Vashti the Queen is banished for refusing to serve the King at a drunken boys’ party. Then the new Queen is chosen by participating in a “Beauty” pageant. What could possibly be feminist about Purim, which is not meant to be taken too seriously anyway?
What should be the most “feminist” of Jewish holidays is highly problematic. A holiday with a Megillah named for a woman! Esther, a full-fledged Jewish heroine of sorts. And yet, first Vashti the Queen is banished for refusing to serve the King at a drunken boys’ party. Then the new Queen is chosen by participating in a “Beauty” pageant. Esther is manipulated by her uncle/cousin Mordechai. What could possibly be feminist about Purim, which is not meant to be taken too seriously anyway?
Our Rabbis have always invited us to us our Midrashic imagination to fill in gaps when we are challenged, excited, upset by our Biblical narratives. They even invented time travel when Moshe is transported to Rabbi Akiva’s Beit Midrash. Or better yet, in the early 1970’s, in the first collection of Jewish Feminists writings, ever, in a Journal called Response, Judith Plaskow, created a glorious midrash about Eve meeting Lillith (the mystical first woman created before Eve). True sisterhood was born in that Midrash. Could Esther and Vashti do the same?
So let us imagine, fantasize what might have happened if Esther had met Vashti. Let’s say…Vashti has rushed out of the King’s quarters. She has just been expelled but she is defiant. She refuses to cry in Achasuarus’ presence. She runs to the nearest Ladies’ Room, she is crying there…In walks Esther to finish her makeup before entering the “New Queen” contest. POW…a moment of meeting. Who are you? they ask each other. Why are you crying? asks Esther. Who did this to you , Esther pleads. They tell their stories to one another. Vashti asks Esther, are you sure you are up to this? He’s a drunken fool with evil advisors. What could you possibly do here, or become here. They talk, they laugh, they cry together, and then they make a pledge.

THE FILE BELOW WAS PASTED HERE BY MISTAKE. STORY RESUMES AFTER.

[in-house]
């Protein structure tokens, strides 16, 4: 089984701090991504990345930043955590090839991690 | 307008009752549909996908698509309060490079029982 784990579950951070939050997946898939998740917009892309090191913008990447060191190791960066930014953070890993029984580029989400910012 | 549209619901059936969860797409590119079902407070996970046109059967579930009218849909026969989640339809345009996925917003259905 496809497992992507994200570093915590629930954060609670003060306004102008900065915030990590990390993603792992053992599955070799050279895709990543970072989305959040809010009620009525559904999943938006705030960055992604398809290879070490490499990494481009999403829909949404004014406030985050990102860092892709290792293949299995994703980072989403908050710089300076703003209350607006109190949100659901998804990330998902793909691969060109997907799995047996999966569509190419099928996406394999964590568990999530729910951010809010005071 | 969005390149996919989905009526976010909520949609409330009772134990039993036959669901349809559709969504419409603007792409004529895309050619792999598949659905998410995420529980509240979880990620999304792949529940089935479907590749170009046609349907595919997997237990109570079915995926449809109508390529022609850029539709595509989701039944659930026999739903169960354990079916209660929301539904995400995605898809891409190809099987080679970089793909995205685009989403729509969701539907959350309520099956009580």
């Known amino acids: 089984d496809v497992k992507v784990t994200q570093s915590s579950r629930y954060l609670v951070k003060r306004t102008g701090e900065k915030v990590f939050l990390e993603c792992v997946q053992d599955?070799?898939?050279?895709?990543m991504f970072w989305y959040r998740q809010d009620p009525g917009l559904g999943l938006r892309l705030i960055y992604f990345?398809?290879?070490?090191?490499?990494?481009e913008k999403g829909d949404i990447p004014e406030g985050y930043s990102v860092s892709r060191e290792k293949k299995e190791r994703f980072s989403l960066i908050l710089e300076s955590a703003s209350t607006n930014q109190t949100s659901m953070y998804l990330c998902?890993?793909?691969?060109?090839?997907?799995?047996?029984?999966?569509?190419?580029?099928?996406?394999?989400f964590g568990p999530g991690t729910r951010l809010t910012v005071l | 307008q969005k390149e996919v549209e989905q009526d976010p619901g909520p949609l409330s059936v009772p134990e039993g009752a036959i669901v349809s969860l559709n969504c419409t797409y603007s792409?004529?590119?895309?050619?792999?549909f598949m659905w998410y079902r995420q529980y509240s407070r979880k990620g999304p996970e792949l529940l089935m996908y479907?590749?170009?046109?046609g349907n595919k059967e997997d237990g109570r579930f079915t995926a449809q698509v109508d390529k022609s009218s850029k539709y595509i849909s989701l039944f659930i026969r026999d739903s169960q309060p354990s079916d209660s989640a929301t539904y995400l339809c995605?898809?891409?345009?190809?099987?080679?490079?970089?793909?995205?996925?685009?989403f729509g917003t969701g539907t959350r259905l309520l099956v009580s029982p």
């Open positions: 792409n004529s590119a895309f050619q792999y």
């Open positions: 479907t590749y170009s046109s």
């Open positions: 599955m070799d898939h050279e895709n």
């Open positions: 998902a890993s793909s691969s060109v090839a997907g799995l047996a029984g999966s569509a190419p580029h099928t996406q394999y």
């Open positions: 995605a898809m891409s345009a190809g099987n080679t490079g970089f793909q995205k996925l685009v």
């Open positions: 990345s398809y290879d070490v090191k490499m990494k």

Esther: Vashti, you may be banished from the Palace, but I will live your story and maintain my humanity and be courageous. Who knows, I may be able to change history, if I use all the tricks you have now taught me!
Vashti: I feel redeemed and affirmed. Maybe one day, little girls will look up to me, and women will demand equality in their marriages. Ha!
Together: And we will pray and work for a future where we will be reclaimed as true forces of change and fighters for equality and justice for women and all who suffer from the pain and humility of unchecked power.
Rabbi Naamah Kelman